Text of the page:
# Dissipating charge

A friend of mine has given me a physics problem to solve. Here it is:
Two small equally charged spheres, each of mass $m$, are suspended from the same point by silk threads of length $\ell$. The distance between the spheres $x << \ell$. Find the rate $$\frac{dq}{dt}$$ with which the charge leaks off each sphere if their approach velocity varies as $$v = \frac{a}{\sqrt{x}}$$, where $a$ is a constant.​
I started by writing down the forces:
$$mg\tan{\theta} = \frac{q^2}{4\pi \epsilon_0 x^2}$$
Since $x << \ell$, I concluded that $\sin{\theta} \approx \tan{\theta}$. I rewrote the above force equation with sin instead of tan.

After this, I started doing things randomly. At first, I tried using angular speed with $\ell$ as the radius of rotation, but that seemed unnecessarily complicated.

So I went back and differentiated both sides of the first equation. I don't know if this is correct, but I let $\cos{\theta}$ be 1 since $\theta \approx 0$. So, using the quotient rule, I had:
$$mg = \frac{1}{2\pi \epsilon_0}\frac{q^2(\frac{dx}{dt}) - q\frac{dq}{dt}}{x^3}$$
At this point, since $\frac{dx}{dt} = \frac{a}{\sqrt{x}}$, I started substituting things in. However, I ended up with charge as a function of time, distance as a function of time, and the time derivative of the charge function all in one equation - unsolvable.

The other way that I tried it was to start from the premise that $\ell \frac{d\theta}{dt} = \frac{a}{\sqrt{x}}$ and go from there. But I don't know if this is the correct way either.

Basically, I have no idea what I'm doing. My friend said this is an easy problem, but I am stumped. Am I approaching this incorrectly?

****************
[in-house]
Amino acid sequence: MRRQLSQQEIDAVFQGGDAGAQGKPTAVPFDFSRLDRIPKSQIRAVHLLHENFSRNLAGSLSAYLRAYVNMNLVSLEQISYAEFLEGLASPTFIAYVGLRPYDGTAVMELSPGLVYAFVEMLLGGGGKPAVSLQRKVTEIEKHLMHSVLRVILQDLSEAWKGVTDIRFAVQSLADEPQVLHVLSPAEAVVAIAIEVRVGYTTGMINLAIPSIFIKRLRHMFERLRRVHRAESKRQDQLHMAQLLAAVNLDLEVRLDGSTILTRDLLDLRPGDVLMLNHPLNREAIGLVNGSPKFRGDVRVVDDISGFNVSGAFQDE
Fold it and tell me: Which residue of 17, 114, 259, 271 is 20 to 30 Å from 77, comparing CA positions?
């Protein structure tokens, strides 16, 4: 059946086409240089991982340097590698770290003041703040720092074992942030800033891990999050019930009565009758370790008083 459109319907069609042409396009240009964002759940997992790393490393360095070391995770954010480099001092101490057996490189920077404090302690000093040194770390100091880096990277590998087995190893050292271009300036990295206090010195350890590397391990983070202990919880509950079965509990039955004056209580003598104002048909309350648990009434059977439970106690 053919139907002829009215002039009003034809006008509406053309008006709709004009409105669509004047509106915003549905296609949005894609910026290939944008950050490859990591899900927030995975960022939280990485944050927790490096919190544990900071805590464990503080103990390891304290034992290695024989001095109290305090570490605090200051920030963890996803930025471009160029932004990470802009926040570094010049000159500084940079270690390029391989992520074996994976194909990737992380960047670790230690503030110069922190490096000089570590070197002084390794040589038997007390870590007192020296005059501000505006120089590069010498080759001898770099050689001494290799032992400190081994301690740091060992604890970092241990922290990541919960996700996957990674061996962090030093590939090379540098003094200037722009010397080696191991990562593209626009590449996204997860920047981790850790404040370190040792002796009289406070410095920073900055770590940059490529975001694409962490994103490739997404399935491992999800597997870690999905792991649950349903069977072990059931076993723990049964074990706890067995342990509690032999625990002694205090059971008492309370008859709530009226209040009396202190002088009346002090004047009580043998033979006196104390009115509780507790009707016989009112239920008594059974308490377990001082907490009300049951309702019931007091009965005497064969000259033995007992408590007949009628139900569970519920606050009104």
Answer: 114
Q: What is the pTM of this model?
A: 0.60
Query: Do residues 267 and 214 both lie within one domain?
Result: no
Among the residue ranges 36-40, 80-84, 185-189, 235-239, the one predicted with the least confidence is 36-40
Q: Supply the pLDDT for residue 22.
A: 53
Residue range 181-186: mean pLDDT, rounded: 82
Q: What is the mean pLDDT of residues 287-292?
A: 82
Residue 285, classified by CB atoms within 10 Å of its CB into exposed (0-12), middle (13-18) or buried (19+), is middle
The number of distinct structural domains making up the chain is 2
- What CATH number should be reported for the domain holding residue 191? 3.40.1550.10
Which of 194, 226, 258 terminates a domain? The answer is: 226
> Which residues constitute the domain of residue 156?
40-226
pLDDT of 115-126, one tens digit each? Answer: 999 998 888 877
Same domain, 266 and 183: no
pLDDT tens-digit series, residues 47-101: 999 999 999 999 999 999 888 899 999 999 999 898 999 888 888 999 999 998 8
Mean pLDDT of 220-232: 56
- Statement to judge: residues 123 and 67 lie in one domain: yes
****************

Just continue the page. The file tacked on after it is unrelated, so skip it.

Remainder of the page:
Thanks for the assistance.

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Tide
Homework Helper
Solve your original equation for q and approximate $\theta$ with x/l. Then differentiate q with respect to time. You should end up with dq/dt being constant within this approximation.

[Note: you may need to make minor adjustments to the preceding depending on whether your angle is the half-angle or full angle.]

andrevdh
Homework Helper
I don't think one should assume that the spheres are in equilibrium. That is

$$T\sin(\theta) - F_Q = m\ddot{x}$$

since

$$v_x(x) \Rightarrow v_x(t)$$

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Tide said:
Solve your original equation for q and approximate $\theta$ with x/l. Then differentiate q with respect to time. You should end up with dq/dt being constant within this approximation.

[Note: you may need to make minor adjustments to the preceding depending on whether your angle is the half-angle or full angle.]
Thanks - I have found my errors now. I had to approximate $\theta$ with $\frac{x}{2\ell}$.

For those who are interested, the answer is:
$$\frac{dq}{dt} = \frac{3}{2}a\sqrt{\frac{2\pi \epsilon_0 mg}{\ell}}$$